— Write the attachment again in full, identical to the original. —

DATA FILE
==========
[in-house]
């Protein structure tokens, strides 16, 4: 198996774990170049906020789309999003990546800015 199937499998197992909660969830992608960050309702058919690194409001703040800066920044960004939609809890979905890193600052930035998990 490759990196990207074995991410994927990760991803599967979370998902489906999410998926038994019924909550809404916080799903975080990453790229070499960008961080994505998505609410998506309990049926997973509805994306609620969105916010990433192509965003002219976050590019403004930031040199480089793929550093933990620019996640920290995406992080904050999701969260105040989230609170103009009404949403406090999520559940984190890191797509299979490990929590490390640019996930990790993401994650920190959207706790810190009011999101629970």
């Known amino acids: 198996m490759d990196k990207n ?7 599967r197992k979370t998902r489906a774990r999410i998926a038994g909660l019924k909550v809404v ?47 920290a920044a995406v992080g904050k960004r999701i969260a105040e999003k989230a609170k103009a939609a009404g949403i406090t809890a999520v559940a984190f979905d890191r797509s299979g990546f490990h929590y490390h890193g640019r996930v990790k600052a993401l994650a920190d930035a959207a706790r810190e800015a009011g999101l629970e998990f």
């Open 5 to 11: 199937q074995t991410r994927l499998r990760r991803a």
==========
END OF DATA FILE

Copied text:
[in-house]
């Protein structure tokens, strides 16, 4: 198996774990170049906020789309999003990546800015 199937499998197992909660969830992608960050309702058919690194409001703040800066920044960004939609809890979905890193600052930035998990 490759990196990207074995991410994927990760991803599967979370998902489906999410998926038994019924909550809404916080799903975080990453790229070499960008961080994505998505609410998506309990049926997973509805994306609620969105916010990433192509965003002219976050590019403004930031040199480089793929550093933990620019996640920290995406992080904050999701969260105040989230609170103009009404949403406090999520559940984190890191797509299979490990929590490390640019996930990790993401994650920190959207706790810190009011999101629970």
């Known amino acids: 198996m490759d990196k990207n ?7 599967r197992k979370t998902r489906a774990r999410i998926a038994g909660l019924k909550v809404v ?47 920290a920044a995406v992080g904050k960004r999701i969260a105040e999003k989230a609170k103009a939609a009404g949403i406090t809890a999520v559940a984190f979905d890191r797509s299979g990546f490990h929590y490390h890193g640019r996930v990790k600052a993401l994650a920190d930035a959207a706790r810190e800015a009011g999101l629970e998990f």
């Open 5 to 11: 199937q074995t991410r994927l499998r990760r991803a």